Not only is the torture that neo-conservatives are so in love with morally reprehensible – it isn’t even necessarily effective. Can you even imagine it – that the “better way” might actually be a better way?
Refuting Hell in A Contentious Age
I got this article via Adiaphora, which I thought I should note.
I think that this article makes a number of common mistakes in the discussion around Hell in the modern church, and I thought it provided a solid opportunity for me to point out these mistakes – if nothing else, then because I don’t think what is described has much hope of actually reaching any thoughtful progressives or postmoderns.
While talking about the article and what it has to say, I’ll be quoting portions of it rather than the whole thing because it is significantly longer than I want my posts to be on this blog.
As to when I’ll have time to do this – we’ll see. I’ve quit one of my three jobs after an 82+ hour work week recently and the realization that my work on the book has basically stalled out for a month now…so maybe I’ll have more time now and then.
In the meantime, read the article. Its interesting – another traditionalist trying to deal with postmodernity. Where it mis-characterizes or seems condescending, I don’t think it is intentional, and I assume it is well-meant. If you honestly believe God is waiting to throw us in hell (and that this is somehow good and loving), then keeping people out of that horrific situation is definitely a priority, so I understand that much.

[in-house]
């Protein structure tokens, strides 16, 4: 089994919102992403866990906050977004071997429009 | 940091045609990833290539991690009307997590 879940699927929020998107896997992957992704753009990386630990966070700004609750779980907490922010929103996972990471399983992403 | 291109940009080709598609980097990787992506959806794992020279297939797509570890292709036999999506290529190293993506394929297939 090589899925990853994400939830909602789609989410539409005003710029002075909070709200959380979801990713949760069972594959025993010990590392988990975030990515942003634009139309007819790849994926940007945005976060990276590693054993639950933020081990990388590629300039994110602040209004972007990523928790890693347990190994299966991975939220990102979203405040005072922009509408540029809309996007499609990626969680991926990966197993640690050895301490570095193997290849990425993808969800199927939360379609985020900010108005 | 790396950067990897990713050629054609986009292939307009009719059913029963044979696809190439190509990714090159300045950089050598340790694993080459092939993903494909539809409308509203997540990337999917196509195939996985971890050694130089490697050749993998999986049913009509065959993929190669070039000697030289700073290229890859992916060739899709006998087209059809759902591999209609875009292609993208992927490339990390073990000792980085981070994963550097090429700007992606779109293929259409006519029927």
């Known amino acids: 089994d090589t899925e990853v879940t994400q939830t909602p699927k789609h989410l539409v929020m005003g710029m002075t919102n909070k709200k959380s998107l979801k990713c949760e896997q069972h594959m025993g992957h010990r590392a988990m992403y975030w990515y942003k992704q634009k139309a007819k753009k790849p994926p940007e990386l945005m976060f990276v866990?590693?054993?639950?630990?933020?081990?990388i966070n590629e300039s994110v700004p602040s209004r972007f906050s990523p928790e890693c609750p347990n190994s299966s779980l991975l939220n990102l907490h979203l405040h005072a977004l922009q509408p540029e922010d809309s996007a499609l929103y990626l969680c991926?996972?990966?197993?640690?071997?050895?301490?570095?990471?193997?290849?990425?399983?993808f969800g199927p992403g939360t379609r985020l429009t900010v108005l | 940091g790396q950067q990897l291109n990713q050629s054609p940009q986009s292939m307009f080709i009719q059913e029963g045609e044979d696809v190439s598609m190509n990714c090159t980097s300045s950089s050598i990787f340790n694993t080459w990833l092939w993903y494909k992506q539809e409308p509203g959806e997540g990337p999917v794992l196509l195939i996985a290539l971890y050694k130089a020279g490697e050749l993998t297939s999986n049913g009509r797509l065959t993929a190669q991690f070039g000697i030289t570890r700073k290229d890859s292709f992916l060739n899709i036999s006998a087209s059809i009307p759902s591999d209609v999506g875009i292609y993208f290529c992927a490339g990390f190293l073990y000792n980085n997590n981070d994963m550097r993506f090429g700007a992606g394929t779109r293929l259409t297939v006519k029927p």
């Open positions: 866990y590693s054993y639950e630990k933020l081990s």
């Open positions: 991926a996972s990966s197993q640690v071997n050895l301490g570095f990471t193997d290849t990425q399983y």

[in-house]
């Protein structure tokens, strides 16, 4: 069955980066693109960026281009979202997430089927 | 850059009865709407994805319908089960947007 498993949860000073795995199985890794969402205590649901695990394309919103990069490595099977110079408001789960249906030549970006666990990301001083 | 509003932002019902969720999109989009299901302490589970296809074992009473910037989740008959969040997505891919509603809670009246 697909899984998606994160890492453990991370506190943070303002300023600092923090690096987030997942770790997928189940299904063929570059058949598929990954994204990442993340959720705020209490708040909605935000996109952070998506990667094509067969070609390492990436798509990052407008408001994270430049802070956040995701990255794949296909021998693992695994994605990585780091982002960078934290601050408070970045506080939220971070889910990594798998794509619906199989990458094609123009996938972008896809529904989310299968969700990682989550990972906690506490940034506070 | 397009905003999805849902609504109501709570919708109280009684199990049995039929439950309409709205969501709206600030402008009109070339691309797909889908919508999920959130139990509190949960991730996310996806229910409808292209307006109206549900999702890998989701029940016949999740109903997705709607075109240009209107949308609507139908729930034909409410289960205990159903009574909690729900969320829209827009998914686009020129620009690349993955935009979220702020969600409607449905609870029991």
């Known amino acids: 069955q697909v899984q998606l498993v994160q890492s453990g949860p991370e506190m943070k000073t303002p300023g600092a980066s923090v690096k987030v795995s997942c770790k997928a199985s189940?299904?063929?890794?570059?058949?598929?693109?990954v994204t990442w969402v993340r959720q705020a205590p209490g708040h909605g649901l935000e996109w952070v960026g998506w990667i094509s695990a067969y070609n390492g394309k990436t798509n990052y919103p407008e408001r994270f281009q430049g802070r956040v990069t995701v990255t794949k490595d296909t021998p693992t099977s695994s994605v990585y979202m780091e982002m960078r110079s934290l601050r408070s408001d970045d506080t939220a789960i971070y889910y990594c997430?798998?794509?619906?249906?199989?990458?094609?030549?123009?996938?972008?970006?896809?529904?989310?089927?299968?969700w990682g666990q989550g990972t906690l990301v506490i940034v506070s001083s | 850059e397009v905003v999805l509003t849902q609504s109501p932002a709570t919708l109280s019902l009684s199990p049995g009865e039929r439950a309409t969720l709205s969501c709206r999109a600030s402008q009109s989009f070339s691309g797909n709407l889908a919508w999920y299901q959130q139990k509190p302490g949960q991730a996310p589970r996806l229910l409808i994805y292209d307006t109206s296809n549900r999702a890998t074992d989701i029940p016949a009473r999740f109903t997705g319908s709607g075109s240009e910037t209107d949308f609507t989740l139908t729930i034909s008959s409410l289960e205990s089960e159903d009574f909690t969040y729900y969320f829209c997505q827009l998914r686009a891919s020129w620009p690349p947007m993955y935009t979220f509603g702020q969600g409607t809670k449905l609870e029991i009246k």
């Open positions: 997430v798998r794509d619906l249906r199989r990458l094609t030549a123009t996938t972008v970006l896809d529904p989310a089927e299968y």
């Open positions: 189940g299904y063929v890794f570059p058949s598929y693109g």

I realized I’ve talked about this stuff before, so I’ll try to only say relatively new things in this treatment of the article.
What sparked this new post is – the article is clearly aimed at someone like me, and it doesn’t reach me, and I want to say why, because I think I have good reasons not to be reached here.
Taken from Toby
The Grand Isle Statement
I absolutely agree with number 1. There’s no way that voting against full inclusion of homosexuals in the life of the church will ever have a positive effect on any denomination.
I can’t agree with number 2, but that’s because I’m just not the biggest fan of a centralized authority telling me what to do. I’d rather work it out with people I know and have relationships with. If that’s called “local option”, then that’s what I want, rather than the alternative, which seems to be “non-local option” or “distant option”.
Revisionist. Good to know what I am now. I assume that our denominational conflicts over slavery and women’s ordination were won by “revisionists” as well, so I see that I’m in good company at least.
Number 4 is absolutely true, just as number 1 was. Upholding Amendment B will never do anything to further the gospel or to reach out to the world or to make the Church stronger. Never ever ever.
I’m okay with number 5. I haven’t gone fishing in a long time, but I used to enjoy it, and I picture people who go fishing coming home pretty relaxed, whereas our fight over icky homos is making everyone pretty upset – especially when they lose. I’ve advocated this path in the past, and I do so again now.
The following is a comment I posted to Tribal Church as part of a discussion that started on the subject of atonement. This is something I’ve said before in various ways, but I think this is one of the shorter and more efficient formulations.